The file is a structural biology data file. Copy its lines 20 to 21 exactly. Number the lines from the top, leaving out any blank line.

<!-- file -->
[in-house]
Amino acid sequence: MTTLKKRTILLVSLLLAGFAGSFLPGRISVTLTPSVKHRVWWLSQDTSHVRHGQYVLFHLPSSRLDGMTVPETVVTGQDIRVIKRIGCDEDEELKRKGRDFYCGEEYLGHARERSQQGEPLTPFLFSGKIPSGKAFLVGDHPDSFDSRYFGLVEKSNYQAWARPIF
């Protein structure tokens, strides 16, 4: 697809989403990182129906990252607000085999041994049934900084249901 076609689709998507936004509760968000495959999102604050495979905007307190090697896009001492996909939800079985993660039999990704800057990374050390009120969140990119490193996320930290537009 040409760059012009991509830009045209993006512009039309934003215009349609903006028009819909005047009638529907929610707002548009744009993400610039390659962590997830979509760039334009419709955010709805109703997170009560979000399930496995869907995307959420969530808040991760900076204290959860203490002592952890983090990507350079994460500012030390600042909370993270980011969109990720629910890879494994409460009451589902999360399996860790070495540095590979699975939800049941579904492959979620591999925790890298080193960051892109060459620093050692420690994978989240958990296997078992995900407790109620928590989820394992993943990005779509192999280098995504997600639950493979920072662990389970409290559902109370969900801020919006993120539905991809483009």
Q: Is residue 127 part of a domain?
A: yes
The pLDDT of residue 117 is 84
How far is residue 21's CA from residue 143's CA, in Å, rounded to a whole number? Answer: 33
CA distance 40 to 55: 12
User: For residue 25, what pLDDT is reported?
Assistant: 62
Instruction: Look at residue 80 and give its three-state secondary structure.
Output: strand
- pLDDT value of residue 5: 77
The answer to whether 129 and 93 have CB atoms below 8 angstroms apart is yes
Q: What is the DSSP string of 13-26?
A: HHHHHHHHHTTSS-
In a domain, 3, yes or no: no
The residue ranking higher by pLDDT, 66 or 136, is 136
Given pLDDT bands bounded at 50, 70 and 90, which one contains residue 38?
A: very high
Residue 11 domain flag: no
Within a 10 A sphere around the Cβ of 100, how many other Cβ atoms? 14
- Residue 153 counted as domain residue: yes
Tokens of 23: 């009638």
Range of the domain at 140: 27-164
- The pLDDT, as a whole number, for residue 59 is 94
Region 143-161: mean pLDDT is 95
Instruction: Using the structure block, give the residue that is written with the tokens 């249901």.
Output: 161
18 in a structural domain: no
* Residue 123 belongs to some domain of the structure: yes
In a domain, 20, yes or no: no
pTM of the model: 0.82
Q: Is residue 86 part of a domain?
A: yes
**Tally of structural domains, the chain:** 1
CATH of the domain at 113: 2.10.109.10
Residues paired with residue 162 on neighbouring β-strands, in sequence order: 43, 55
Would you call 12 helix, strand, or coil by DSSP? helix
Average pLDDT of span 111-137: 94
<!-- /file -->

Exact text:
A: very high
Residue 11 domain flag: no